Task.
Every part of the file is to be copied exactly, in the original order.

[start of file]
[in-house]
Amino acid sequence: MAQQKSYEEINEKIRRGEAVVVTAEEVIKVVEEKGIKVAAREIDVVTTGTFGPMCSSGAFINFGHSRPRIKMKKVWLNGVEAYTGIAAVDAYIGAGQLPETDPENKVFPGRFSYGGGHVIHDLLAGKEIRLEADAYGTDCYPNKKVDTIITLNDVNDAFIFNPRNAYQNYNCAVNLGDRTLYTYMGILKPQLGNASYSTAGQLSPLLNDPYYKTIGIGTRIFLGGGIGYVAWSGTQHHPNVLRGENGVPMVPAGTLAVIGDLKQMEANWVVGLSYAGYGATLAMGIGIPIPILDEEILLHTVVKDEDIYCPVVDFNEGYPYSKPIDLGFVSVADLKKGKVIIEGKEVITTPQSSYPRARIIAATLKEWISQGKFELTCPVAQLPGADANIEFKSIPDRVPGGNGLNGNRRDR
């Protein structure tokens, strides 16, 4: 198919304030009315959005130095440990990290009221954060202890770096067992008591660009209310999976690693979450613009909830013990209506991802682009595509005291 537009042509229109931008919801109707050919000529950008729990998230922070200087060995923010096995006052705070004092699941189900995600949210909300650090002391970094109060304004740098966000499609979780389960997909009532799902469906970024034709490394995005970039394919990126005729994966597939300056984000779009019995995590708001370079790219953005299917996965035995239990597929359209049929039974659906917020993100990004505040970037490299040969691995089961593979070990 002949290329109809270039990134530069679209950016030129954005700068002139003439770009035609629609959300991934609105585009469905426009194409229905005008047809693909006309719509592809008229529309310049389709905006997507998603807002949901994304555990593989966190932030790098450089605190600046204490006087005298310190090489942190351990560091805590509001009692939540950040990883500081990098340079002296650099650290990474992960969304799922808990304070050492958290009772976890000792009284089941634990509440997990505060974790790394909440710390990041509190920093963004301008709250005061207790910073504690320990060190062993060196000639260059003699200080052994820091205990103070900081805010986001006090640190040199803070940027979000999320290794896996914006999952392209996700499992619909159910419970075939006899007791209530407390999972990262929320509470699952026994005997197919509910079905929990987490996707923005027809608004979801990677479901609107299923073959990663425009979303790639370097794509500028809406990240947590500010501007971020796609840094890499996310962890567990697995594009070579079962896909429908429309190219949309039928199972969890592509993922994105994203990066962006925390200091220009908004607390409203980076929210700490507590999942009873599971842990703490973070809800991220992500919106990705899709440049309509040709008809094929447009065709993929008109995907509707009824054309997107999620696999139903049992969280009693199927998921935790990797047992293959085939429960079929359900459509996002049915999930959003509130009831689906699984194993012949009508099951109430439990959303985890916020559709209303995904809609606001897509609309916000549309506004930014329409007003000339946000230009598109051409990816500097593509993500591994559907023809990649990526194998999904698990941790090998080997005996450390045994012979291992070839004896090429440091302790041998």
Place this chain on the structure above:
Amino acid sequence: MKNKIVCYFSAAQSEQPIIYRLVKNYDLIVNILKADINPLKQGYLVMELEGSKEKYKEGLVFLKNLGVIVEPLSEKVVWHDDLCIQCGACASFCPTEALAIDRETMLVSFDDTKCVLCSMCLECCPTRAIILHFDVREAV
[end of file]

[in-house]
Amino acid sequence: MAQQKSYEEINEKIRRGEAVVVTAEEVIKVVEEKGIKVAAREIDVVTTGTFGPMCSSGAFINFGHSRPRIKMKKVWLNGVEAYTGIAAVDAYIGAGQLPETDPENKVFPGRFSYGGGHVIHDLLAGKEIRLEADAYGTDCYPNKKVDTIITLNDVNDAFIFNPRNAYQNYNCAVNLGDRTLYTYMGILKPQLGNASYSTAGQLSPLLNDPYYKTIGIGTRIFLGGGIGYVAWSGTQHHPNVLRGENGVPMVPAGTLAVIGDLKQMEANWVVGLSYAGYGATLAMGIGIPIPILDEEILLHTVVKDEDIYCPVVDFNEGYPYSKPIDLGFVSVADLKKGKVIIEGKEVITTPQSSYPRARIIAATLKEWISQGKFELTCPVAQLPGADANIEFKSIPDRVPGGNGLNGNRRDR
């Protein structure tokens, strides 16, 4: 198919304030009315959005130095440990990290009221954060202890770096067992008591660009209310999976690693979450613009909830013990209506991802682009595509005291 537009042509229109931008919801109707050919000529950008729990998230922070200087060995923010096995006052705070004092699941189900995600949210909300650090002391970094109060304004740098966000499609979780389960997909009532799902469906970024034709490394995005970039394919990126005729994966597939300056984000779009019995995590708001370079790219953005299917996965035995239990597929359209049929039974659906917020993100990004505040970037490299040969691995089961593979070990 002949290329109809270039990134530069679209950016030129954005700068002139003439770009035609629609959300991934609105585009469905426009194409229905005008047809693909006309719509592809008229529309310049389709905006997507998603807002949901994304555990593989966190932030790098450089605190600046204490006087005298310190090489942190351990560091805590509001009692939540950040990883500081990098340079002296650099650290990474992960969304799922808990304070050492958290009772976890000792009284089941634990509440997990505060974790790394909440710390990041509190920093963004301008709250005061207790910073504690320990060190062993060196000639260059003699200080052994820091205990103070900081805010986001006090640190040199803070940027979000999320290794896996914006999952392209996700499992619909159910419970075939006899007791209530407390999972990262929320509470699952026994005997197919509910079905929990987490996707923005027809608004979801990677479901609107299923073959990663425009979303790639370097794509500028809406990240947590500010501007971020796609840094890499996310962890567990697995594009070579079962896909429908429309190219949309039928199972969890592509993922994105994203990066962006925390200091220009908004607390409203980076929210700490507590999942009873599971842990703490973070809800991220992500919106990705899709440049309509040709008809094929447009065709993929008109995907509707009824054309997107999620696999139903049992969280009693199927998921935790990797047992293959085939429960079929359900459509996002049915999930959003509130009831689906699984194993012949009508099951109430439990959303985890916020559709209303995904809609606001897509609309916000549309506004930014329409007003000339946000230009598109051409990816500097593509993500591994559907023809990649990526194998999904698990941790090998080997005996450390045994012979291992070839004896090429440091302790041998």
Place this chain on the structure above:
Amino acid sequence: MKNKIVCYFSAAQSEQPIIYRLVKNYDLIVNILKADINPLKQGYLVMELEGSKEKYKEGLVFLKNLGVIVEPLSEKVVWHDDLCIQCGACASFCPTEALAIDRETMLVSFDDTKCVLCSMCLECCPTRAIILHFDVREAV